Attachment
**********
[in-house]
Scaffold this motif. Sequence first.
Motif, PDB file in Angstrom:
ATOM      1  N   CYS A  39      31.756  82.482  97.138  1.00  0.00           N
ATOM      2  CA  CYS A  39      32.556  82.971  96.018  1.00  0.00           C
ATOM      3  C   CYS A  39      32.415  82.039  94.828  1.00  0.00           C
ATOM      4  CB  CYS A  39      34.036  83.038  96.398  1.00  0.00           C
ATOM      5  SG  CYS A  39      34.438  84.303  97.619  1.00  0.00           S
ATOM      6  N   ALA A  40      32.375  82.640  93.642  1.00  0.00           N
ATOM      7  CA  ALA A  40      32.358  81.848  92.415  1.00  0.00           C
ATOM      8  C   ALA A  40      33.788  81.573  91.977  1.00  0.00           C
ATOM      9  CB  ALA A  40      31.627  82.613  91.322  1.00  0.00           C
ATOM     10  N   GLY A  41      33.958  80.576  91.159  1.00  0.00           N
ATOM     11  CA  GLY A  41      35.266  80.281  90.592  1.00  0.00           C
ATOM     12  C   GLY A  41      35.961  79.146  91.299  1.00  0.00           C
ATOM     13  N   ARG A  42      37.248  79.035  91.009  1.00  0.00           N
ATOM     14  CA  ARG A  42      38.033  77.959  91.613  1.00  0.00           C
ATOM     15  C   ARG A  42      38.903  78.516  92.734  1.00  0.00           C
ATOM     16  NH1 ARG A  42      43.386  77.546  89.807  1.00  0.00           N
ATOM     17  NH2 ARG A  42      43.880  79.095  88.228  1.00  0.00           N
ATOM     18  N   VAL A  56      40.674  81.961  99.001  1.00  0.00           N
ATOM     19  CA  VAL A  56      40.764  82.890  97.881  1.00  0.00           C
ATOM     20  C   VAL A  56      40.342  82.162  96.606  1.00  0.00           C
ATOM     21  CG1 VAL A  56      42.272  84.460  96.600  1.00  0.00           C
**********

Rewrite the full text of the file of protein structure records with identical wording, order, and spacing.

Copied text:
[in-house]
Scaffold this motif. Sequence first.
Motif, PDB file in Angstrom:
ATOM      1  N   CYS A  39      31.756  82.482  97.138  1.00  0.00           N
ATOM      2  CA  CYS A  39      32.556  82.971  96.018  1.00  0.00           C
ATOM      3  C   CYS A  39      32.415  82.039  94.828  1.00  0.00           C
ATOM      4  CB  CYS A  39      34.036  83.038  96.398  1.00  0.00           C
ATOM      5  SG  CYS A  39      34.438  84.303  97.619  1.00  0.00           S
ATOM      6  N   ALA A  40      32.375  82.640  93.642  1.00  0.00           N
ATOM      7  CA  ALA A  40      32.358  81.848  92.415  1.00  0.00           C
ATOM      8  C   ALA A  40      33.788  81.573  91.977  1.00  0.00           C
ATOM      9  CB  ALA A  40      31.627  82.613  91.322  1.00  0.00           C
ATOM     10  N   GLY A  41      33.958  80.576  91.159  1.00  0.00           N
ATOM     11  CA  GLY A  41      35.266  80.281  90.592  1.00  0.00           C
ATOM     12  C   GLY A  41      35.961  79.146  91.299  1.00  0.00           C
ATOM     13  N   ARG A  42      37.248  79.035  91.009  1.00  0.00           N
ATOM     14  CA  ARG A  42      38.033  77.959  91.613  1.00  0.00           C
ATOM     15  C   ARG A  42      38.903  78.516  92.734  1.00  0.00           C
ATOM     16  NH1 ARG A  42      43.386  77.546  89.807  1.00  0.00           N
ATOM     17  NH2 ARG A  42      43.880  79.095  88.228  1.00  0.00           N
ATOM     18  N   VAL A  56      40.674  81.961  99.001  1.00  0.00           N
ATOM     19  CA  VAL A  56      40.764  82.890  97.881  1.00  0.00           C
ATOM     20  C   VAL A  56      40.342  82.162  96.606  1.00  0.00           C
ATOM     21  CG1 VAL A  56      42.272  84.460  96.600  1.00  0.00           C